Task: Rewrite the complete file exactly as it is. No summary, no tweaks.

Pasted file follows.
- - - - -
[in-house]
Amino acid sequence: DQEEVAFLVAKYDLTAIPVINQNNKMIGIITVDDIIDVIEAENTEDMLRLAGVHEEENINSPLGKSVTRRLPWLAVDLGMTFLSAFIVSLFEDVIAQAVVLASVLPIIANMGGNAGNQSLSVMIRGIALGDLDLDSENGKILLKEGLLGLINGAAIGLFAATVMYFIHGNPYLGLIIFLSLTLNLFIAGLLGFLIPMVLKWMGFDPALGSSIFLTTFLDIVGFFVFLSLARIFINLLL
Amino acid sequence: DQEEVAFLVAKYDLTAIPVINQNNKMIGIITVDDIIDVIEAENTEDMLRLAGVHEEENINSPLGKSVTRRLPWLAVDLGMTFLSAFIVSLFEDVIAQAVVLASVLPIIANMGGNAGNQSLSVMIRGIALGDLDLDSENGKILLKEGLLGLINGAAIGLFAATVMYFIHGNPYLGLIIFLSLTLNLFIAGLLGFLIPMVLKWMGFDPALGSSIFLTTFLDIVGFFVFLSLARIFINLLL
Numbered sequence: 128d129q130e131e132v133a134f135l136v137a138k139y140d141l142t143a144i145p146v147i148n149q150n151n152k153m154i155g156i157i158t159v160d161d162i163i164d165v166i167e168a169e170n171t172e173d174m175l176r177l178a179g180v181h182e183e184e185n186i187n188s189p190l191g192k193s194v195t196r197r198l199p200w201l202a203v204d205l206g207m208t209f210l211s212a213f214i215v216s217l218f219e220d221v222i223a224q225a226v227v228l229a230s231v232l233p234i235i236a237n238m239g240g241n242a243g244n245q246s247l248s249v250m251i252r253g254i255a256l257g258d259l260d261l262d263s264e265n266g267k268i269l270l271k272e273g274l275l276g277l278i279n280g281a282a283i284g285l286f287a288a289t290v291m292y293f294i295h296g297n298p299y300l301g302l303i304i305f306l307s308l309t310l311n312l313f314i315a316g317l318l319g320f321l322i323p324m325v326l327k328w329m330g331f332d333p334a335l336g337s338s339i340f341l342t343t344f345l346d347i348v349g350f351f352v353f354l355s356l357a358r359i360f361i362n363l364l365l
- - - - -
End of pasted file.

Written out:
[in-house]
Amino acid sequence: DQEEVAFLVAKYDLTAIPVINQNNKMIGIITVDDIIDVIEAENTEDMLRLAGVHEEENINSPLGKSVTRRLPWLAVDLGMTFLSAFIVSLFEDVIAQAVVLASVLPIIANMGGNAGNQSLSVMIRGIALGDLDLDSENGKILLKEGLLGLINGAAIGLFAATVMYFIHGNPYLGLIIFLSLTLNLFIAGLLGFLIPMVLKWMGFDPALGSSIFLTTFLDIVGFFVFLSLARIFINLLL
Amino acid sequence: DQEEVAFLVAKYDLTAIPVINQNNKMIGIITVDDIIDVIEAENTEDMLRLAGVHEEENINSPLGKSVTRRLPWLAVDLGMTFLSAFIVSLFEDVIAQAVVLASVLPIIANMGGNAGNQSLSVMIRGIALGDLDLDSENGKILLKEGLLGLINGAAIGLFAATVMYFIHGNPYLGLIIFLSLTLNLFIAGLLGFLIPMVLKWMGFDPALGSSIFLTTFLDIVGFFVFLSLARIFINLLL
Numbered sequence: 128d129q130e131e132v133a134f135l136v137a138k139y140d141l142t143a144i145p146v147i148n149q150n151n152k153m154i155g156i157i158t159v160d161d162i163i164d165v166i167e168a169e170n171t172e173d174m175l176r177l178a179g180v181h182e183e184e185n186i187n188s189p190l191g192k193s194v195t196r197r198l199p200w201l202a203v204d205l206g207m208t209f210l211s212a213f214i215v216s217l218f219e220d221v222i223a224q225a226v227v228l229a230s231v232l233p234i235i236a237n238m239g240g241n242a243g244n245q246s247l248s249v250m251i252r253g254i255a256l257g258d259l260d261l262d263s264e265n266g267k268i269l270l271k272e273g274l275l276g277l278i279n280g281a282a283i284g285l286f287a288a289t290v291m292y293f294i295h296g297n298p299y300l301g302l303i304i305f306l307s308l309t310l311n312l313f314i315a316g317l318l319g320f321l322i323p324m325v326l327k328w329m330g331f332d333p334a335l336g337s338s339i340f341l342t343t344f345l346d347i348v349g350f351f352v353f354l355s356l357a358r359i360f361i362n363l364l365l